"These irresponsible leaks will not impact our ongoing commitment to deepen our partnerships with Afghanistan and Pakistan; to defeat our common enemies; and to support the aspirations of the Afghan and Pakistani people," the statement said.

Assange declined to tell CNN where he got the documents. Jones' statement said the website made "no effort" to contact the Obama administration about the documents.

"The United States government learned from news organizations that these documents would be posted," Jones' statement said.

Assange claims the documents reveal the "squalor" of war, uncovering how many relatively small incidents have added up to huge numbers of dead civilians.

The significance lies in "all of these people being killed in the small events that we haven't heard about that numerically eclipse the big casualty events. It's the boy killed by a shell that missed a target," he told CNN.

"What we haven't seen previously is all those individual deaths," he said. "We've seen just the number and, like Stalin said, 'One man's death is a tragedy, a million dead is a statistic.' So, we've seen the statistic."

WikiLeaks publishes anonymously submitted documents, video and other sensitive materials after vetting them, it says. It claims never to have fallen for a forgery.

Senate Foreign Relations Committee Chairman John Kerry, D-Massachusetts, said in a statement Sunday that the documents -- regardless of how they came to light -- "raise serious questions about the reality of America's policy toward Pakistan and Afghanistan."

Wikileaks has previously made headlines for posting controversial videos of combat in Iraq.

The site gained international attention in April when it posted a 2007 video said to show a U.S. helicopter attack in Iraq killing a dozen civilians, including two unarmed Reuters journalists.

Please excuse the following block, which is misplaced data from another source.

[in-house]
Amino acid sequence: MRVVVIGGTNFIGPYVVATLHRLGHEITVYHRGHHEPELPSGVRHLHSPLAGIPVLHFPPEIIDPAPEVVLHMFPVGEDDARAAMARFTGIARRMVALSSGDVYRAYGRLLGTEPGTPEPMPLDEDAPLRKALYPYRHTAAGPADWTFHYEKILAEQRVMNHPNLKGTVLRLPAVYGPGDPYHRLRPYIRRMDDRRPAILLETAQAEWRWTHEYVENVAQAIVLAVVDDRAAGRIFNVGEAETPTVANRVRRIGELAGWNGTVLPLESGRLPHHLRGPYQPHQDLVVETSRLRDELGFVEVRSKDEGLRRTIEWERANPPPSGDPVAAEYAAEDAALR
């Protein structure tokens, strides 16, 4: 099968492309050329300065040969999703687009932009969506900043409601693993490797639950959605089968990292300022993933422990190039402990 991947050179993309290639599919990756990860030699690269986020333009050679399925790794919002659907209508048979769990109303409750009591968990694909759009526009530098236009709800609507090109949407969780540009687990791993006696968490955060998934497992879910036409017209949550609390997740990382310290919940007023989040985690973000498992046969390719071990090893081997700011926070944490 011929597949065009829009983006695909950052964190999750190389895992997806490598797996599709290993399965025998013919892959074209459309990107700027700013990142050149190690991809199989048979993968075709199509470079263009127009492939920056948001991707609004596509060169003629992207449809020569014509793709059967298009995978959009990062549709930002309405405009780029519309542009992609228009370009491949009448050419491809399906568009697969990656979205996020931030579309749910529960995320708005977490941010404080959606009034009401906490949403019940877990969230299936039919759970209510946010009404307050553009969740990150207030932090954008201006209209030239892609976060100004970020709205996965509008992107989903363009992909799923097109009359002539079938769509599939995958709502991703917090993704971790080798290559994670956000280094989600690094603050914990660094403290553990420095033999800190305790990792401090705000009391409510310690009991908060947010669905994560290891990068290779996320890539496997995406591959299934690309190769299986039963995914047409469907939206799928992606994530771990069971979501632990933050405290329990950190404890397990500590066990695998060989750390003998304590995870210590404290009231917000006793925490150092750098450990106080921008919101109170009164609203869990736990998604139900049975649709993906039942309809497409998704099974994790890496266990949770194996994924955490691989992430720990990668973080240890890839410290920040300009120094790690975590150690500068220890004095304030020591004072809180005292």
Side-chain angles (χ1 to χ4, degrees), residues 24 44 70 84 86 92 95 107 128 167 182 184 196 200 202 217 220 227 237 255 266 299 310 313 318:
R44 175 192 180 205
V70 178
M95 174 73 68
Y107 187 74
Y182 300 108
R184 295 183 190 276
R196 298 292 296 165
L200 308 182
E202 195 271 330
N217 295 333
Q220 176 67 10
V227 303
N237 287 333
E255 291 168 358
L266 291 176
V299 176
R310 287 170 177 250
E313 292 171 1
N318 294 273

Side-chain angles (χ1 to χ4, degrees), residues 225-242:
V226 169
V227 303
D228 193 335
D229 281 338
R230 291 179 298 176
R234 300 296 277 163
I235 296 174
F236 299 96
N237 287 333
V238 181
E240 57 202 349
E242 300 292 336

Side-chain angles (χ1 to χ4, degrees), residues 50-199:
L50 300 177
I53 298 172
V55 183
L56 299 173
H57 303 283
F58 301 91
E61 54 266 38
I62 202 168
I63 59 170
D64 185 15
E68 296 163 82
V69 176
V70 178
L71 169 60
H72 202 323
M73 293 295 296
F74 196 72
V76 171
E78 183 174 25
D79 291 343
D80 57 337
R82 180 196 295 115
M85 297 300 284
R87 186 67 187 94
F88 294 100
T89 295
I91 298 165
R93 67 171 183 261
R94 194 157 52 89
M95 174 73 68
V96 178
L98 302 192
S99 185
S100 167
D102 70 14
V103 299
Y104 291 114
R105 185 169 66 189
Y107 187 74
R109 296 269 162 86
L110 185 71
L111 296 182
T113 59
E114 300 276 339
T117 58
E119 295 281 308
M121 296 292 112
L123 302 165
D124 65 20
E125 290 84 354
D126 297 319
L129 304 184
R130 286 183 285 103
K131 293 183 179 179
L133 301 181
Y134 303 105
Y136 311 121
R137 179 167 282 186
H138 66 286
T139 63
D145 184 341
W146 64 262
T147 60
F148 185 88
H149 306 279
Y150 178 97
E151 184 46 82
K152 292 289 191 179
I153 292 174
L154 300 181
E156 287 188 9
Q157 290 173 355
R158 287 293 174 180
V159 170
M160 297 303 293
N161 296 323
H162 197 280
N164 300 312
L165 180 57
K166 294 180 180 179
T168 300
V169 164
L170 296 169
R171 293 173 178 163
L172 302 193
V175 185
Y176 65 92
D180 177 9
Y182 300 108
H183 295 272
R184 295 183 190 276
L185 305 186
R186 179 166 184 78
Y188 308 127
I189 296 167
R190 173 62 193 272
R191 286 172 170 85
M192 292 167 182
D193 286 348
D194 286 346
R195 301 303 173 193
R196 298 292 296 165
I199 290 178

At the time, Maj. Shawn Turner, a U.S. military spokesman, said that "all evidence available supported the conclusion by those forces that they were engaging armed insurgents and not civilians."

Pfc. Bradley Manning, 22, suspected of leaking a classified 2007 video, has been charged by the U.S. military with eight violations of the U.S. Criminal Code for transferring classified data, according to a charge sheet released by the military earlier this month.

Attempts to reach Manning's military defense attorney, Capt. Paul Bouchard, were unsuccessful Sunday. However, U.S. Army spokesman Col. Tom Collins has said Bouchard would not speak to the media about the charges.

Assange says WikiLeaks has attempted to put together a legal team to defend Manning, something it will do for any "alleged" whistleblower that runs into legal trouble because of WikiLeaks.

Assange -- a former teen hacker who launched the site in 2007 -- denies that WikiLeaks has put troops in danger.

"There certainly have been people who have lost elections as a result of material being on WikiLeaks," he said.

"There have been prosecutions because of material being on WikiLeaks. There have been legislative reforms because of material being on WikiLeaks," he said. "What has not happened is anyone being physically harmed as a result."

The website held back about 15,000 documents from Afghanistan to protect individuals who informed on the Taliban, he said.

But he said he hoped his website would be "very dangerous" to "people who want to conduct wars in an abusive way."

"This material doesn't just reveal occasional abuse by the U.S. military," he said. "Of course it has U.S. military reporting on all sort of abuses by the Taliban. ... So it does describe the abuses by both sides in this war and that's how people can understand what's really going on and if they choose to support it or not."

Assange said the organization gets material from whistle-blowers in a variety of ways -- including via postal mail -- vets it, releases it to the public and then defends itself against "the regular political or legal attack."

He said the organization rarely knows the identity of the source of the leak. "If we find out at some stage, we destroy that information as soon as possible," he said.

CNN Pentagon Correspondent Barbara Starr contributed to this report.